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Jury retires in paramedic trial

The jury in the trial of a paramedic accused of lying to police and his bosses after he failed to resuscitate a 30-stone man he had been called out to treat retired today to consider its verdict.

Karl Harris, 45, is alleged to have told his less-experienced colleague, Ben Stokes, 35, there was "no point" in trying to resuscitate Barry Baker after they were called to his home in Brighton, East Sussex, in the early hours of the morning.

The 59-year-old, who lived alone, phoned 999 after experiencing breathing difficulties at 4.14am on November 29 2008 and died after suffering a cardiopulmonary arrest.

Jurors at Lewes Crown Court heard a recording of the emergency call, in which Mr Baker's laboured, heavy breathing could be heard, before Harris and Mr Stokes entered the house and spoke to him six minutes later.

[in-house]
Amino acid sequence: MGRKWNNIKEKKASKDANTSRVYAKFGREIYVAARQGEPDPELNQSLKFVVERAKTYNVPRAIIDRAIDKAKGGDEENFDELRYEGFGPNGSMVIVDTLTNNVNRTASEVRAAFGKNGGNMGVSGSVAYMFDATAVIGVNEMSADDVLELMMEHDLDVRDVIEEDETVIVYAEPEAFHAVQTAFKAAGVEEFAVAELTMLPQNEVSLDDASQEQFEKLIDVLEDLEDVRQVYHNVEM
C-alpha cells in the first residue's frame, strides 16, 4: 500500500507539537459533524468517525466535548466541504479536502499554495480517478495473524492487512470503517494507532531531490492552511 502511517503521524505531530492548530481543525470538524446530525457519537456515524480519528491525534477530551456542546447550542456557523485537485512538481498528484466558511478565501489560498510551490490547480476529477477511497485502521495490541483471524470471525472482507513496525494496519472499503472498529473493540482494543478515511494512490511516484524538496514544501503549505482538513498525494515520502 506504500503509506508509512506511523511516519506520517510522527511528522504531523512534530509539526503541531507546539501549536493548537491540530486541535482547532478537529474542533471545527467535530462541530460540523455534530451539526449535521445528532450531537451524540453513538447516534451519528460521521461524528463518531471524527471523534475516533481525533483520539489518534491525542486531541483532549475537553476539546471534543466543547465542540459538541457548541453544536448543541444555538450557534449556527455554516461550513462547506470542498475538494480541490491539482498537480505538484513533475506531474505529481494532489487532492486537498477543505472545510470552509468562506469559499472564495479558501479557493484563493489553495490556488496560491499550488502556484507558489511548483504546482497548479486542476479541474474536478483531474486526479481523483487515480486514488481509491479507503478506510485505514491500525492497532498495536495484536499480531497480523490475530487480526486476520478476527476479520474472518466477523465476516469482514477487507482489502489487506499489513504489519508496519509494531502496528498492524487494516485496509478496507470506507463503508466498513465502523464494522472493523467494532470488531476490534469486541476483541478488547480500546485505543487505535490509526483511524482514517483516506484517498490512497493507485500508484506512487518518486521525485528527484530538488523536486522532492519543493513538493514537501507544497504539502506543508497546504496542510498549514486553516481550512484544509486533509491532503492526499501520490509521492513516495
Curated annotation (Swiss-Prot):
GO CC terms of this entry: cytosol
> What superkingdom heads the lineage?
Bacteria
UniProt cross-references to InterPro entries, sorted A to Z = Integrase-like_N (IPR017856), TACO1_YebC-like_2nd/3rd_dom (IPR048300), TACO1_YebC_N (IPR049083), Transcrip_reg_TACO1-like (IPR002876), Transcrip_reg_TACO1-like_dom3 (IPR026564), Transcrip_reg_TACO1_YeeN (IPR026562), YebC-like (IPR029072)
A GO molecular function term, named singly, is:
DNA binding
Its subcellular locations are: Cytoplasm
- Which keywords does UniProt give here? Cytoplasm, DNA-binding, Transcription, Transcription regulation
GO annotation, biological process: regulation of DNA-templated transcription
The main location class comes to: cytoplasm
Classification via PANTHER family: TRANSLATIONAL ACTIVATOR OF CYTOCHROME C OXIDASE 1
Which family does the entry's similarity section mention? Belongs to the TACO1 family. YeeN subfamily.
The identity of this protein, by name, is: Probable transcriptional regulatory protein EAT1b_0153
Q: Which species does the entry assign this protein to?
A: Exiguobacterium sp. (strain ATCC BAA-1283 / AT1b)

Minutes later a loud thump was audible, which they were told was the sound of Mr Baker falling to the ground.

However they were told that Harris later claimed that Mr Baker had already collapsed when they got there.

During his defence, the father-of-two told jurors it would have been "physically impossible" to resuscitate Mr Baker due to his size and all the clutter that surrounded him where he lay.

Harris, a former soldier who served in Northern Ireland with the Parachute Regiment, said he "honestly believed he was dead".

He added that when he told police Mr Baker had already collapsed when they arrived at the house, he did not make it clear that Mr Stokes entered the house before him and so may have witnessed the fall.

Jurors heard that Mr Baker had lived alone in Braybon Avenue since the death of his parents in the mid-1970s. He lived a "reclusive" lifestyle, rarely inviting friends to the house and over the years it had fallen into a state of disrepair.

His weight had gone up from around 20 stone in September 2007 to 30 stone by the time of his death, which was caused by his inactivity and thrombosis of the legs.

Harris, of Tophill Close, Portslade, was suspended from his role at South East Coast Ambulance Service NHS Trust following Mr Baker's death.

He denies a charge of perverting the course of justice.

No charges were brought against trainee technician Mr Stokes but the ambulance trust placed him on restricted practice following the incident.

Jurors were sent home for the evening and will continue to deliberate their verdict from 2pm tomorrow.